The conversation at the bottom of this post is a good example of one the more fundamental debates within the war of ideas re-ignited by the Occupy movement – the idea of winners and losers.
In the breath immediately after the one he uses to extoll the virtues of a competition-based economy, Andrew Napolitano acknowledges that losers are just as inevitable in that system as they are in sports. This is justified, of course, with the rationale that the number of losers would be far greater in a cooperation-based economy. For as we all know, cooperation is just code for laziness, or communism, take your pick.
We humans are simply too selfish to fashion a society in which people actually care for each other, or to recognize that individual welfare is dependent on collective welfare. Granted, we have no problem being cooperative and selfless with our own friends and families, but for some reason it just isn’t in our nature to extend that same level of concern to the world at large. When it comes to anything outside our immediate ecosystem, it’s not just those decisive 1 percenters who need the incentive of limitless profit potential to coax them off their couches and into society to contribute – regular folks need it too.
So natural born losers are just a built-in side effect of life on this planet – a reflection of our inherent shortcomings and something we must accept whether we like it or not. Never mind the irony that many of the same people who subscribe to this view, like this guy, also subscribe to religions that insist every man is created by God and in his image – maybe God just enjoys playing musical chairs. You might also want to ignore the fact that we live on a completely sustainable planet fully capable of supporting all of its current inhabitants. The only way we could achieve that ideal would be to guard it as tenaciously as we guard our idealized abstraction that greed is somehow the indispensable engine of the economy, and those 2 ideals aren’t exactly compatible.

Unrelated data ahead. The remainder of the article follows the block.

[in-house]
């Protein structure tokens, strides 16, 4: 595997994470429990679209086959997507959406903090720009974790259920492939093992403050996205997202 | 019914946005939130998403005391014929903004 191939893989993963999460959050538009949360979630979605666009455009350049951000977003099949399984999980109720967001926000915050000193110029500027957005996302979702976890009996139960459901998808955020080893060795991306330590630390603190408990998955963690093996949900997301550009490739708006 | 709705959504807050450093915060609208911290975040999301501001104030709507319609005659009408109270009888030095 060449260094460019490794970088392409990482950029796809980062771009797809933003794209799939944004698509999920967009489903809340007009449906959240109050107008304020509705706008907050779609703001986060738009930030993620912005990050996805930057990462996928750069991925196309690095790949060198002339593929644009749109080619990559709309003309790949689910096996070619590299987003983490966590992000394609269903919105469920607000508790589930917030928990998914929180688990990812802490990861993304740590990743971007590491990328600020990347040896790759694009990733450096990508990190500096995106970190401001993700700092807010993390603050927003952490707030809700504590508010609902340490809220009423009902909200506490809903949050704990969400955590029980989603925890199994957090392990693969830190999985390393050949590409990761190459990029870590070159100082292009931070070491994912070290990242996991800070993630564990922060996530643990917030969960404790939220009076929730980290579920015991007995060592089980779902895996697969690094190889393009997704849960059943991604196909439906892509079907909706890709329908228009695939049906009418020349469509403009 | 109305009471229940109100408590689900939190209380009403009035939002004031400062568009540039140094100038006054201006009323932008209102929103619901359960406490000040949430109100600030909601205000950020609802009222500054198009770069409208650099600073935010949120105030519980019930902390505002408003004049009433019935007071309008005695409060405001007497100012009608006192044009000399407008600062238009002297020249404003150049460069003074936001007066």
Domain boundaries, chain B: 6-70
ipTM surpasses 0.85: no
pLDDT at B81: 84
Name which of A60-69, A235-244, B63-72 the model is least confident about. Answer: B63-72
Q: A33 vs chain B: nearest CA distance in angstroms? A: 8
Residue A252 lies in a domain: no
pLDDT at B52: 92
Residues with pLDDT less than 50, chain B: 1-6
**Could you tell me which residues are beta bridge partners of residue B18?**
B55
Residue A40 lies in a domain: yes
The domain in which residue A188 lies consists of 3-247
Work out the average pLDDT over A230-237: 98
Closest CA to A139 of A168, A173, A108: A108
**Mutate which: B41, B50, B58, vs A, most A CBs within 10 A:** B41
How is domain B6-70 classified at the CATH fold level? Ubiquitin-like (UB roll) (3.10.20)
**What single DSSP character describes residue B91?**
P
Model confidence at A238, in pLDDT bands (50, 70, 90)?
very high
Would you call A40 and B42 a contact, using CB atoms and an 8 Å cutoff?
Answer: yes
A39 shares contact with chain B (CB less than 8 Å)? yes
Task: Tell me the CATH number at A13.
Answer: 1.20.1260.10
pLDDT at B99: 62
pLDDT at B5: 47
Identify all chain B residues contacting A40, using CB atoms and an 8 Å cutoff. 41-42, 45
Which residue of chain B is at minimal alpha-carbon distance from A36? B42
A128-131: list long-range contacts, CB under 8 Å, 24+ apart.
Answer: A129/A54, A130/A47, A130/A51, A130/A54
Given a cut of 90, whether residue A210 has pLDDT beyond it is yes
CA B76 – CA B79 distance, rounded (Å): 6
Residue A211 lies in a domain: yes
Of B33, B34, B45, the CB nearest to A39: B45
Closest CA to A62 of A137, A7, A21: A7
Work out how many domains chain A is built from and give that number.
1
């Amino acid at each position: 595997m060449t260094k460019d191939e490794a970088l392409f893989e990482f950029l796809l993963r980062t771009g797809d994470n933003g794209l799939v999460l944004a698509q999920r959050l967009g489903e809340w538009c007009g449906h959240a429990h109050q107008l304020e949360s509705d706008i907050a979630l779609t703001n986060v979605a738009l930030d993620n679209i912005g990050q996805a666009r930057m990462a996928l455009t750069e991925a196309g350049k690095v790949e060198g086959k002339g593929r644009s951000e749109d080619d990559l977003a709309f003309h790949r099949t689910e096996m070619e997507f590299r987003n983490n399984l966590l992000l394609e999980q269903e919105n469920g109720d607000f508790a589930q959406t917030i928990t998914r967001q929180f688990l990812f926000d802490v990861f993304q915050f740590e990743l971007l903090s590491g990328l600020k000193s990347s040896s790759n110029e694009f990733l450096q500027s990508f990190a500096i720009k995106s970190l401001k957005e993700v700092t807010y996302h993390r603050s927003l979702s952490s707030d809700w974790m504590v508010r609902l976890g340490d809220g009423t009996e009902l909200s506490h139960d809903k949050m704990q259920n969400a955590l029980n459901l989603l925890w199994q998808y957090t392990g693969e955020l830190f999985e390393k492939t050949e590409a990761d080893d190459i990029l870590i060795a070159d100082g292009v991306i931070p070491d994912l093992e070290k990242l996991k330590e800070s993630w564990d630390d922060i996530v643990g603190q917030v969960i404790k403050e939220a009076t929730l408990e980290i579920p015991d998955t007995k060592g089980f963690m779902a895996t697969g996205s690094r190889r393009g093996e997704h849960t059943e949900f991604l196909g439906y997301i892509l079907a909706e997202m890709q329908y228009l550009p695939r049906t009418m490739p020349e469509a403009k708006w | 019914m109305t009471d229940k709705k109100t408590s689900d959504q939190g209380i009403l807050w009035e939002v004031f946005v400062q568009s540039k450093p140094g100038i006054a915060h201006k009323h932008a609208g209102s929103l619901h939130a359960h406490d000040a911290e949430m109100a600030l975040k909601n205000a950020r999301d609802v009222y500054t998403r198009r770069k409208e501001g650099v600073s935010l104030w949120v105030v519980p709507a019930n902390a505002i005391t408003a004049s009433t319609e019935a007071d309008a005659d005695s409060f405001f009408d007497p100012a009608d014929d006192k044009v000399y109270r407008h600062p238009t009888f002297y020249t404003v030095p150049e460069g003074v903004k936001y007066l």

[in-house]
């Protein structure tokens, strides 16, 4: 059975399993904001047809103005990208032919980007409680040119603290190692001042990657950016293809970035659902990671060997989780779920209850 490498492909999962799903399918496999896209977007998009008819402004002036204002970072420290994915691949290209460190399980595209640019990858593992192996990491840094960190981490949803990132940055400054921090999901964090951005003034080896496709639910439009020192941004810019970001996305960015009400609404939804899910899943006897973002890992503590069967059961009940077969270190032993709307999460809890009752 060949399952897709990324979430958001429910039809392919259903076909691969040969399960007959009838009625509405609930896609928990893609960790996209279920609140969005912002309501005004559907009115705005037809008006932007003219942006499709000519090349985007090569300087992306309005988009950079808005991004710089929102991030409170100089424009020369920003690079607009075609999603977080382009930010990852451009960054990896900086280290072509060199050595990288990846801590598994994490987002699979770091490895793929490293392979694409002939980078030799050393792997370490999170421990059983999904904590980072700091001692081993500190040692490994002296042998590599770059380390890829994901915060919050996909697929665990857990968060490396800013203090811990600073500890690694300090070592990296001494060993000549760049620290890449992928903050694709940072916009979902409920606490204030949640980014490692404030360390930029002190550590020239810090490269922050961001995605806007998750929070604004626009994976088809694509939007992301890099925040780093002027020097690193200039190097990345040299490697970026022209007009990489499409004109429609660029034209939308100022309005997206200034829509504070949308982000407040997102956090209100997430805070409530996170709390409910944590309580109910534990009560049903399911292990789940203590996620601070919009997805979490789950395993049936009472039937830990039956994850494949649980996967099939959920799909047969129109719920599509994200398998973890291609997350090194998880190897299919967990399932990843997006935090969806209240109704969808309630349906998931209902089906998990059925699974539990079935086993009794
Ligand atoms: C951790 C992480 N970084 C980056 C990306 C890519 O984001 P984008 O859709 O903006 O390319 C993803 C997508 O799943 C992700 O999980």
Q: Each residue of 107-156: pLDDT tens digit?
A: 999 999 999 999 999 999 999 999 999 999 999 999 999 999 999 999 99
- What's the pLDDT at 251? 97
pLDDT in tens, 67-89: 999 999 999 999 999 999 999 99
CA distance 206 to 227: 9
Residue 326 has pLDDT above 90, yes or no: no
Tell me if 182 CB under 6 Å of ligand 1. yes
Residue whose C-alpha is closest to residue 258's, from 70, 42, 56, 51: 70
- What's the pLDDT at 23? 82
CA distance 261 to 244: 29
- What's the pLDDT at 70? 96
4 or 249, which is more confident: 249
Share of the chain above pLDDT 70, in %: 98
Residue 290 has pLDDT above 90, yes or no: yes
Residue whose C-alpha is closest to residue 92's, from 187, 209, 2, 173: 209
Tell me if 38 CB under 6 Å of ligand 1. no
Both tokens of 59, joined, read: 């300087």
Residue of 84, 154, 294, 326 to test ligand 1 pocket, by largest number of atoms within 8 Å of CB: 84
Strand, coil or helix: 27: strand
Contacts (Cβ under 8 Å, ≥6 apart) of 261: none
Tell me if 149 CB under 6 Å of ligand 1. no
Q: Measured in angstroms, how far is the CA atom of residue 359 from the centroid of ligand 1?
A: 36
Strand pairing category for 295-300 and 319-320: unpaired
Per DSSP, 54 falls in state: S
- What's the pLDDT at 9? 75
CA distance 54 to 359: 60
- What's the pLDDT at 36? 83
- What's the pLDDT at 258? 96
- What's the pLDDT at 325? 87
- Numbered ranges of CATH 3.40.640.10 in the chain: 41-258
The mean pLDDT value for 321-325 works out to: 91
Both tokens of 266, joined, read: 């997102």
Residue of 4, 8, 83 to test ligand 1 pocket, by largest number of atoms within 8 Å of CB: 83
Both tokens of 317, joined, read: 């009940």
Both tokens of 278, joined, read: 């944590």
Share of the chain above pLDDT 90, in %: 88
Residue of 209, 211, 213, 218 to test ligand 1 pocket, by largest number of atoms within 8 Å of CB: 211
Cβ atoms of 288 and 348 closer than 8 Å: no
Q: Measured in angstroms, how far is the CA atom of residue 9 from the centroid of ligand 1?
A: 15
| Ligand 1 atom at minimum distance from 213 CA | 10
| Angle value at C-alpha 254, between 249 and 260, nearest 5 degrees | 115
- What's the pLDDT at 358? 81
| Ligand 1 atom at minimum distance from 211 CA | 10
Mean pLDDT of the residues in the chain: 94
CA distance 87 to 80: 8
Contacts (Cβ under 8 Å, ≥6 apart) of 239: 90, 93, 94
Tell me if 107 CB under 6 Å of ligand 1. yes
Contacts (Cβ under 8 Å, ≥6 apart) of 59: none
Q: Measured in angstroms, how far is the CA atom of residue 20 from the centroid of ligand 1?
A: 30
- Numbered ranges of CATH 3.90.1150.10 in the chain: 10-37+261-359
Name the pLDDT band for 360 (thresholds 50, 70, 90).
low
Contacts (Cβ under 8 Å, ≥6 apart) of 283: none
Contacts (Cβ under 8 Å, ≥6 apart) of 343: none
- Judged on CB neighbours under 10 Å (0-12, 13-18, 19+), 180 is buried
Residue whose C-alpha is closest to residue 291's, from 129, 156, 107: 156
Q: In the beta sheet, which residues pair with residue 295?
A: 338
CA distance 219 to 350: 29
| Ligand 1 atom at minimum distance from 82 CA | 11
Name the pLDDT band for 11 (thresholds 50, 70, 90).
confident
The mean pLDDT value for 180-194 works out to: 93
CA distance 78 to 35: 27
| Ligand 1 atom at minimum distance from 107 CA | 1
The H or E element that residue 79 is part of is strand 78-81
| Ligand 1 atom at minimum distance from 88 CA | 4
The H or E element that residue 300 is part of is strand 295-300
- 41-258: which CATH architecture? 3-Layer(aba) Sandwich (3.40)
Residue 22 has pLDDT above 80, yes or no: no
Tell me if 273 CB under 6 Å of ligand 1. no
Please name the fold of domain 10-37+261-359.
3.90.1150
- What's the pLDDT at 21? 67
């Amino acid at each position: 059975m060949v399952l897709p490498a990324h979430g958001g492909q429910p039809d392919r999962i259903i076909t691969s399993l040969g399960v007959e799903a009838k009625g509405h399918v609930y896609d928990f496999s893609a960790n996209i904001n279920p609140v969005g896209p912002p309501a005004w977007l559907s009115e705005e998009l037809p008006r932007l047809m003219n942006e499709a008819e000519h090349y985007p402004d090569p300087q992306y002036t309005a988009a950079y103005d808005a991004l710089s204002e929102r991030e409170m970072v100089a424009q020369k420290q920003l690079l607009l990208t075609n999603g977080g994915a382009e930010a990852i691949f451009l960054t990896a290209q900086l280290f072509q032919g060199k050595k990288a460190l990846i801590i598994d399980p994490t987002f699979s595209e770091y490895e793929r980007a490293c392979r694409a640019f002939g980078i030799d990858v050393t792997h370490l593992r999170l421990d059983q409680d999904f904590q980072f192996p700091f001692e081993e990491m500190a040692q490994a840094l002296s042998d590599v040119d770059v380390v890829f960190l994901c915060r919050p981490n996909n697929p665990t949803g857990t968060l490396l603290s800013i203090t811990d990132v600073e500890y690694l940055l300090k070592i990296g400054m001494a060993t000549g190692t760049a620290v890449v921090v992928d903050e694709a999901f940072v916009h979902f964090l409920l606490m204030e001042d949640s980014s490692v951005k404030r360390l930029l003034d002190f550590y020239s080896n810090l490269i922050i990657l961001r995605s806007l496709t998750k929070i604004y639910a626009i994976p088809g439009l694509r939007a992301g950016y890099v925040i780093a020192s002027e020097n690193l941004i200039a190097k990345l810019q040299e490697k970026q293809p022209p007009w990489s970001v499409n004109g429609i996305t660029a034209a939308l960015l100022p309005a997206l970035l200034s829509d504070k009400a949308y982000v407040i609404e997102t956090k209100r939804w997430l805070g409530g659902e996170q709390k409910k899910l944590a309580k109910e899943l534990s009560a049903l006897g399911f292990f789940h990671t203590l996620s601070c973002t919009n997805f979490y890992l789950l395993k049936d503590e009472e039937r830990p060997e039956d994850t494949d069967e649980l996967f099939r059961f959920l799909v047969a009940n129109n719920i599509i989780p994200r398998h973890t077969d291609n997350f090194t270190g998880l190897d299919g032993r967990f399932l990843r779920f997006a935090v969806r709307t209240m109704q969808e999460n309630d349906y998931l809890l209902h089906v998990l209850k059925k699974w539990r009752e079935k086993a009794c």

But even if we accept this idea as truth, as undesirable as it may be, an obvious question remains, and Jon Stewart asks it in the interview – what do we do with the losers? Napolitano doesn’t give an answer other than saying government shouldn’t be in the business of picking them. If you follow this sort of debate enough, though, you know that the typical reflex answer to this conundrum is simple enough – work harder. Forget that last line about losers being inherent in the system. There are enough real losers to fill those spots. So if you’re 20 years removed from college and still underwater on your student loans, or you haven’t reached the level of success of say, Paris Hilton, LeBron James or Snooki, you just aren’t working hard enough.
On second thought, maybe we need to expand our definition of “hard work.” Maybe it’s more than just putting in the hard hours. Maybe a more comprehensive definition of hard work would include the ability to gain influence. After all, if someone works hard enough to build a company with enough power to influence policies, such as lowering the minimum wage or stripping worker rights, it’s just the free market at work, right? We don’t penalize ambition in this country, we reward it.
And while we’re at it, maybe we need to re-examine our definition of losers as well. In fact, maybe they’re not losers at all. If it weren’t for them, the empires of winners like Rupert Murdoch, Donald Trump and Warren Buffett wouldn’t be possible. And where would we be without their inspirational success stories and the gleefully servile societies they spawn? Testaments of the American dream, forever exhorting us that we too can leave the losers behind by using them to our advantage, and can become pillars of men in this great country. All that’s required is for each of us to acknowledge our own perfectly natural lust for power, celebrate our insatiable greed instead of tempering it, and “work hard.”